In animal feed, spices extracts are increasingly present in animal feed. In particular, the chili pepper, from the capsicum family, is known for its beneficial effects beneficial effects on feed intake and water consumption in situations of heat stress. Others are also of interest in ruminant feed for other purpose.
Ruminal acidosis is a common metabolic disorder encountered in dairy herds that impair animal welfare, performance, and farm profitability. This metabolic disorder can be avoided with different levers. One of them is to keep a high proportion of fibre in the diet, which will positively impact the duration of chewing leading to a higher quality and a better quality of the saliva, the main mean to buffer the rumen environment. However high-producing dairy cows or fattening beef cattle require high-concentrate diets, which on one hand reduce the chewing time and on the other hand increase the risk of a drop of rumen pH due to the high proportion of readily fermentable carbohydrates. In addition, the time available for eating and ruminating – being also correlated to the type of diet – can be decreased due to daily routine on the farm like milkings (duration, frequency), feeding management (number of feed push-up, sorting), and the dominant-dominated relationship (competition to get access to the feed bunk and the cubicles). Thus, it appears necessary to promote acid neutralisation in challenged animals.
Despite the absence of digestive enzymes in the saliva of ruminants, compared with swine or even humans, the saliva plays a master role in digestion of feedstuffs and roughage. Indeed, enteric fermentations by the rumen microbiota produce organic acids compromising the rumen conditions in terms of pH. Different types of saliva are produced by the ruminant and the one made during mastication is richer in buffers. The saliva produced during mastication takes part in homeostasis which allows to provide stable and balanced pH conditions to the different microorganisms for optimal feed degradation and utilisation. This is synonym of enhanced feed efficiency.
Spices extracts from capsicum, black pepper, zingiber and curcuma for example are known to induce a feeling of heat in the mouth. The chemical structure of these extracts activates particular receptors TRPV1 (transient receptor potential vanilloid type 1). They are a non-selective ion channel that, in response to a stimulus, induces an inward flow of cations, mainly calcium and sodium, which results in depolarisation of the cell. A neural message passing through the brains stem goes to the mucous cells in the acini of the parotid and sublingual salivary glands to make saliva flow increase. This effect should be sought in ruminants.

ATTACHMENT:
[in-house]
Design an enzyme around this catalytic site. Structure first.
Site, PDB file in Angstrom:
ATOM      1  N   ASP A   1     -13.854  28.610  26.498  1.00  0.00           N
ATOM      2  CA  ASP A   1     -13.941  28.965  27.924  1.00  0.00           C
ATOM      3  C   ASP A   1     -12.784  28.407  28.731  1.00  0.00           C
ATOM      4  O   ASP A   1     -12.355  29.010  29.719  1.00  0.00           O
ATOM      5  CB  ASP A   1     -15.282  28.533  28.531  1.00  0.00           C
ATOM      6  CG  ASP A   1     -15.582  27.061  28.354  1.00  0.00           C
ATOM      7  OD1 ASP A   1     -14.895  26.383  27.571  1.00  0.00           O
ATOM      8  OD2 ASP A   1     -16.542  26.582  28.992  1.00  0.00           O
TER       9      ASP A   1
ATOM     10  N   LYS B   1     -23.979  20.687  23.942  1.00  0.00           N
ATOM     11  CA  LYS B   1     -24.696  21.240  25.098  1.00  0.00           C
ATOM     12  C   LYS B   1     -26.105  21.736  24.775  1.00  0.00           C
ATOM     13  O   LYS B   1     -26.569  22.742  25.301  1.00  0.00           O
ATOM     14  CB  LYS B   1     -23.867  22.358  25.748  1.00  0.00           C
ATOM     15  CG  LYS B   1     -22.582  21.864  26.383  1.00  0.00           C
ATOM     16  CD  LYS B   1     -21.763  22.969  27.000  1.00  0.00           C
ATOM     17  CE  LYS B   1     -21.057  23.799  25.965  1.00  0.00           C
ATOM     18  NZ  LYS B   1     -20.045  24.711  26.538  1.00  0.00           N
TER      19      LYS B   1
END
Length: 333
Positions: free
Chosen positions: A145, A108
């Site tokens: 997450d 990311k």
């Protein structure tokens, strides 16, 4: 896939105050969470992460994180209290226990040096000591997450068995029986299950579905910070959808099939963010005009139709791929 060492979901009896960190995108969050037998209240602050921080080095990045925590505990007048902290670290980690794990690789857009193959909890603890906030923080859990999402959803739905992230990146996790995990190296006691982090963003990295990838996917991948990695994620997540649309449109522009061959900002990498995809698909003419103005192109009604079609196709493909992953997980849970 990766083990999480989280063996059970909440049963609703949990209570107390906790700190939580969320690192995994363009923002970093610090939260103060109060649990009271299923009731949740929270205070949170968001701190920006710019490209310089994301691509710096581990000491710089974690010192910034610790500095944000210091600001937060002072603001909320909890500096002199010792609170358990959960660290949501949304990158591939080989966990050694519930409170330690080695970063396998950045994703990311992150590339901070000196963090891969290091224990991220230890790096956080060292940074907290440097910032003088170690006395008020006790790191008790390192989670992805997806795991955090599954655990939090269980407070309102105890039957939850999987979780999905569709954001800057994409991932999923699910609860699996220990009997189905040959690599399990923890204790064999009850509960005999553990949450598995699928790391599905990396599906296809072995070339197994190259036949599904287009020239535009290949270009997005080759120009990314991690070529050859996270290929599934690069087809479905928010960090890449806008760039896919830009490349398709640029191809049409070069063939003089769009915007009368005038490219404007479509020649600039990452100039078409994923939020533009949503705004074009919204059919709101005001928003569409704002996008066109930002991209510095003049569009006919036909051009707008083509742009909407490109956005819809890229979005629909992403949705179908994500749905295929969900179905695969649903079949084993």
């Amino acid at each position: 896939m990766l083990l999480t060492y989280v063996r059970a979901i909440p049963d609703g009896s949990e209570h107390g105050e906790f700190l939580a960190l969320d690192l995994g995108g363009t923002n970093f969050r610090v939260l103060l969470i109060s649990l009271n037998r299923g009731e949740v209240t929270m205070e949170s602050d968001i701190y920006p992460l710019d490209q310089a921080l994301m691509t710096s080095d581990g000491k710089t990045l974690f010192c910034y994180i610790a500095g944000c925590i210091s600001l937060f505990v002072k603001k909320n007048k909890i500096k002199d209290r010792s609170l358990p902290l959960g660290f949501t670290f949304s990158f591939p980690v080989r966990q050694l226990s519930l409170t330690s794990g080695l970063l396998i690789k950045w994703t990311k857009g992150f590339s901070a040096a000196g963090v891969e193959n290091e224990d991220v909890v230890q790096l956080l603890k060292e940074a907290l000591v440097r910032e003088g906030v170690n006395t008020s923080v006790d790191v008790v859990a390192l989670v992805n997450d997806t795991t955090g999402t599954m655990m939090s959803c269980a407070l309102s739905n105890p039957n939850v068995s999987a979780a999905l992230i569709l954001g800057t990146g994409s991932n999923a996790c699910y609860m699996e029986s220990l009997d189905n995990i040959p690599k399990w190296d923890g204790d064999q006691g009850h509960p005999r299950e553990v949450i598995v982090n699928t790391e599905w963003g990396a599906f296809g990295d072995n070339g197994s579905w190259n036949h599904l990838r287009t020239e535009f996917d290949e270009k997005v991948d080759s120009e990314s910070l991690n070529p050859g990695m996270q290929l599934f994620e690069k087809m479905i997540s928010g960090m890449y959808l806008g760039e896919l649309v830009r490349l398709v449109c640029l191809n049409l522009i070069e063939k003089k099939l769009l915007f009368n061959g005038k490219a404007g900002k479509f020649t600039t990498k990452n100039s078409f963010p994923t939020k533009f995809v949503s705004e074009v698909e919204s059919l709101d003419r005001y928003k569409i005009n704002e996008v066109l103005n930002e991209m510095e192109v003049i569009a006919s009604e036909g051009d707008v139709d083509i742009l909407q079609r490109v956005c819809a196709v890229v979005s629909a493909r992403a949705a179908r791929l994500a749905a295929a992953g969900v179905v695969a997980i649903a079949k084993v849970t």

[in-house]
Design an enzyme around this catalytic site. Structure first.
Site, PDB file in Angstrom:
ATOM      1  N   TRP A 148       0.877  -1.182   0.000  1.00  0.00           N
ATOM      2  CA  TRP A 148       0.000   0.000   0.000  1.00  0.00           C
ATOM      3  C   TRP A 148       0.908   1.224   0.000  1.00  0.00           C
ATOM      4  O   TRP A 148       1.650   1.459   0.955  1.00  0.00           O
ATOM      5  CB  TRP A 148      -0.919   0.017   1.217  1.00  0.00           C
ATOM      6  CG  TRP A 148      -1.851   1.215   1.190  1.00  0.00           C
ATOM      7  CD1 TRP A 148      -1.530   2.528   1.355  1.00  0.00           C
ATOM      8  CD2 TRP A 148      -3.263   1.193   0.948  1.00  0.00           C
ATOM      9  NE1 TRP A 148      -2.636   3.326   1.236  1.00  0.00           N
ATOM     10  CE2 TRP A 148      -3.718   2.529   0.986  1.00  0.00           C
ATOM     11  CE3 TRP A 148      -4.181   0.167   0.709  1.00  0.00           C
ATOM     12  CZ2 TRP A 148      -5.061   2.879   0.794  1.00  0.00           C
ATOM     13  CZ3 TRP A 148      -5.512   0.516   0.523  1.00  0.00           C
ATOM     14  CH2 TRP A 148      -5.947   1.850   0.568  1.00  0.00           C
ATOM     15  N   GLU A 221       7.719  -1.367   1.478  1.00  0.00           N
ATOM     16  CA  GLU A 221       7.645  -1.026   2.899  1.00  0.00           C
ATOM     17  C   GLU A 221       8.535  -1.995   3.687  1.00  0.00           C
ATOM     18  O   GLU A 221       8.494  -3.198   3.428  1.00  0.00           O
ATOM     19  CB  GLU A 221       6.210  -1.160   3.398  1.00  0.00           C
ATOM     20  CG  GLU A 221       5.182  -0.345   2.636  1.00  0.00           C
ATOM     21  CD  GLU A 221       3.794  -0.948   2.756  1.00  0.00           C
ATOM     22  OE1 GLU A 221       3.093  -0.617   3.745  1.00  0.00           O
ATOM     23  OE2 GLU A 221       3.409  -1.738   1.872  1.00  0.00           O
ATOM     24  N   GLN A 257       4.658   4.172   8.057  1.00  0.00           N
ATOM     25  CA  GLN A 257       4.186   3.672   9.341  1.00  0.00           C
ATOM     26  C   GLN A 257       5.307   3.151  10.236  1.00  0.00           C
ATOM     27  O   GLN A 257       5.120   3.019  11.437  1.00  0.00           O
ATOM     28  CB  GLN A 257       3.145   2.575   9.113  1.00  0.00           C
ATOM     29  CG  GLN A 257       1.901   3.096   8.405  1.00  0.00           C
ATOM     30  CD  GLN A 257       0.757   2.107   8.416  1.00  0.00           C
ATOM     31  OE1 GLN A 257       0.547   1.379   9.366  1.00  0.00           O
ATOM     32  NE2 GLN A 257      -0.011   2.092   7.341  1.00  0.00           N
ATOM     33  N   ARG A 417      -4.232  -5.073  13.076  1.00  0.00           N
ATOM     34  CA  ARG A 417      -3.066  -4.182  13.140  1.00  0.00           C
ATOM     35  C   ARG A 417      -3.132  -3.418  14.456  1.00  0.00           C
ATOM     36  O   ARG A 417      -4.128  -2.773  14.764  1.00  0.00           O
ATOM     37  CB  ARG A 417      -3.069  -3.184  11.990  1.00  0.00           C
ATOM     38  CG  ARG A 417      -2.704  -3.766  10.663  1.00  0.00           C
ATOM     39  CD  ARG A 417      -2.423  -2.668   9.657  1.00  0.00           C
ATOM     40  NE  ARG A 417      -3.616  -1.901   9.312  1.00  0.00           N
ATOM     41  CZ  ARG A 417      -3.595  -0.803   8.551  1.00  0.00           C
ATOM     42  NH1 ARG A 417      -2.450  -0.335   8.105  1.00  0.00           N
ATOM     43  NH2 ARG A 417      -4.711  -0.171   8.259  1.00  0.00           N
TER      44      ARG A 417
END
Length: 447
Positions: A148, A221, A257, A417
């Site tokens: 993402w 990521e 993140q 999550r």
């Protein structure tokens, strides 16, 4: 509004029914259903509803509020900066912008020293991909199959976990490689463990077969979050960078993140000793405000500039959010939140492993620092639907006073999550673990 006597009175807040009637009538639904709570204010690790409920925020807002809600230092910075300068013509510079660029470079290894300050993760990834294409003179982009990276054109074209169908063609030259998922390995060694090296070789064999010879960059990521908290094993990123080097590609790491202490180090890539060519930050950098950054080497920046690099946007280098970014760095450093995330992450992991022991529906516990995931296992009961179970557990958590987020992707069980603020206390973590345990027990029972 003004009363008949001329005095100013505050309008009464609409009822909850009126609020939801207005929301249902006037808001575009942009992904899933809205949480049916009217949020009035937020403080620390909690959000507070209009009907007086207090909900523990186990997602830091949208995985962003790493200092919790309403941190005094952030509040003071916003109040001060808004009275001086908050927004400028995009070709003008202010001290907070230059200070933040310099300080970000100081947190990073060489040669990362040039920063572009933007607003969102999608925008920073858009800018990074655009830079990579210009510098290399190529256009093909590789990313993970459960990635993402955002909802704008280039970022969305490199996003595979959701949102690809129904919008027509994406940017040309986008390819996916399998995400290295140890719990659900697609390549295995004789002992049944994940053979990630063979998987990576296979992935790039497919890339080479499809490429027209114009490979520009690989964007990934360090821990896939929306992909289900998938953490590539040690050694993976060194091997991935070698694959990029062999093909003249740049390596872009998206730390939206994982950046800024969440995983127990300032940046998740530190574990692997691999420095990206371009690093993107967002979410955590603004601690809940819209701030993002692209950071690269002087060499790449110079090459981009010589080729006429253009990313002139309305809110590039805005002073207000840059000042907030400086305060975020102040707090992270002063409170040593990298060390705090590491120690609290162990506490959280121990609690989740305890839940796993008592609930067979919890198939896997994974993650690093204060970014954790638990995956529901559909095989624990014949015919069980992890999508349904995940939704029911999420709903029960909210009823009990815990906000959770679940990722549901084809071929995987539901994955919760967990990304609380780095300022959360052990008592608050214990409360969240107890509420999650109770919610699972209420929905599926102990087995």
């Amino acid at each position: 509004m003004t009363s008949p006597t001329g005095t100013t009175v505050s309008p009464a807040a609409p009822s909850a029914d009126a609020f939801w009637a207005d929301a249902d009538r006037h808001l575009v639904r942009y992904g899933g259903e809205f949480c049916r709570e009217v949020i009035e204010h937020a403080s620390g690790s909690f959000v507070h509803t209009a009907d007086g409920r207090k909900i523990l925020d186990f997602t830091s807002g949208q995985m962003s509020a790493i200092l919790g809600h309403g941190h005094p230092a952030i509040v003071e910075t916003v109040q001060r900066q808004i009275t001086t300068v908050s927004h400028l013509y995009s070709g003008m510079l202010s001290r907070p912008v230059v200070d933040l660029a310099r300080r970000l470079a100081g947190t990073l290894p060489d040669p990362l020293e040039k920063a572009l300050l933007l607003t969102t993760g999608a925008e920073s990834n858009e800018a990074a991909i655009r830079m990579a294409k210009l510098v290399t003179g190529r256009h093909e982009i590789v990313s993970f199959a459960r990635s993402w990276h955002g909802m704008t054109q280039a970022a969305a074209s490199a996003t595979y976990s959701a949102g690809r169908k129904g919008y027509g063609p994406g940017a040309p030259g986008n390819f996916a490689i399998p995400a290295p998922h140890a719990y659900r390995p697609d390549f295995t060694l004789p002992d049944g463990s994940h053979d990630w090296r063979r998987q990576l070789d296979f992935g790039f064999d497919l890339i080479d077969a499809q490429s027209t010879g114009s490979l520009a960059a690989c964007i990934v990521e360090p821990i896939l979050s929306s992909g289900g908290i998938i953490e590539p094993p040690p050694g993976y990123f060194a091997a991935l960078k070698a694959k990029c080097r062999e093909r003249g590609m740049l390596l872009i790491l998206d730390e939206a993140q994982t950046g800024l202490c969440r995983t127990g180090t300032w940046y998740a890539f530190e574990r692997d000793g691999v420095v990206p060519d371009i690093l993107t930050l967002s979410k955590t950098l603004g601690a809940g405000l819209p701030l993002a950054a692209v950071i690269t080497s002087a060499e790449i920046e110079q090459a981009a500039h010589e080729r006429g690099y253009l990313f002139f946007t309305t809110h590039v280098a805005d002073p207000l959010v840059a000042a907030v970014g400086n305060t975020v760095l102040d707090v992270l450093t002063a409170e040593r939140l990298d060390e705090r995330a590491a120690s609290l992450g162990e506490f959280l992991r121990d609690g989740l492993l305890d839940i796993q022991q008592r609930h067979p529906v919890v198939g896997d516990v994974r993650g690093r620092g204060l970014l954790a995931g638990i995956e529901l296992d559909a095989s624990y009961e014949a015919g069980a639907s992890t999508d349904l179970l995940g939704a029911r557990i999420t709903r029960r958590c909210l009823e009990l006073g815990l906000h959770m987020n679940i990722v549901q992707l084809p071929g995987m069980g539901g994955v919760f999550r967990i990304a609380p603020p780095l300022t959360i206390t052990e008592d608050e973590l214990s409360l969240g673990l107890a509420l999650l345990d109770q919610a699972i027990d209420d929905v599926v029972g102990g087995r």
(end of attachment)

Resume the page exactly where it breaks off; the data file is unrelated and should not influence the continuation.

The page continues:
Phodé has developed Oleobiotec Saliva Promoter, a solution to reduce the risk of subclinical acidosis in ruminants by improving the natural means the animal already has: strengthen the buffer capacity of saliva, enhance its daily flow, in order to maintain a favourable environment for the activities of rumen microbiota. This new approach of working with spices extracts has been validated by various studies in dairy cows and beef cattle.
The benefits of the association of characterised spices extracts (Mix SE1; Oleobiotec Saliva Promoter) were tested in several feeding trials in comparison to single spices extracts, combinations of them, or control (absence of spices). The salivary production and the composition of the saliva of dairy cows were measured in a latin-square design with four rumen-cannulated dairy cows. The animals were fed an acidogenic total mixed ration based on corn silage, soya bean meal, minerals, and a pelleted feed. Each dietary bolus was collected to measure the quantity and the chemical composition of the saliva (Table 1).
The synergy of spices extracts (Mix SE1, Oleobiotec Saliva Promoter) enabled a significant higher production of saliva (P=0.04) and a higher concentration of phosphorus (coming from phosphates, a buffer agent) compared to Control. Salivary pH is well correlated to rumen pH and may appear as a marker of acidosis easily usable in the field.
The combination of spices in specific quantities is important to get the best effect at low dose. Different associations were compared to each other (Figure 1). The highest increase of saliva flow rate in litres/kg of dry matter ingested was obtained with Mix SE1 (Oleobiotec Saliva Promoter) and was positively correlated to rumen pH.
It is commonly accepted that the repetition of extended periods of depressed ruminal pH between 5.5 and 6.2 define a cow suffering from sub-acute ruminal acidosis (SARA). The precise kinetic study of ruminal pH led in our experiment allowed the calculation of daily indicators revealing a more representative picture of the evolution of acidity within the rumen. The dairy cows receiving the Mix SE1 (Oleobiotec Saliva Promoter) in their diet spent 12% less time in subclinical acidosis conditions.
Considering that up to 42% of the dairy herds are affected worldwide and SARA costs up to 375€/cow, the use of spices extracts from MixSE1 (Oleobiotec Saliva Promoter) into the diet is a natural solution to avoid economic and welfare implications. MixSE1 is recommended during feed transition, the spring and autumn grazing season and for high-producing cows and early lactation primiparous cows.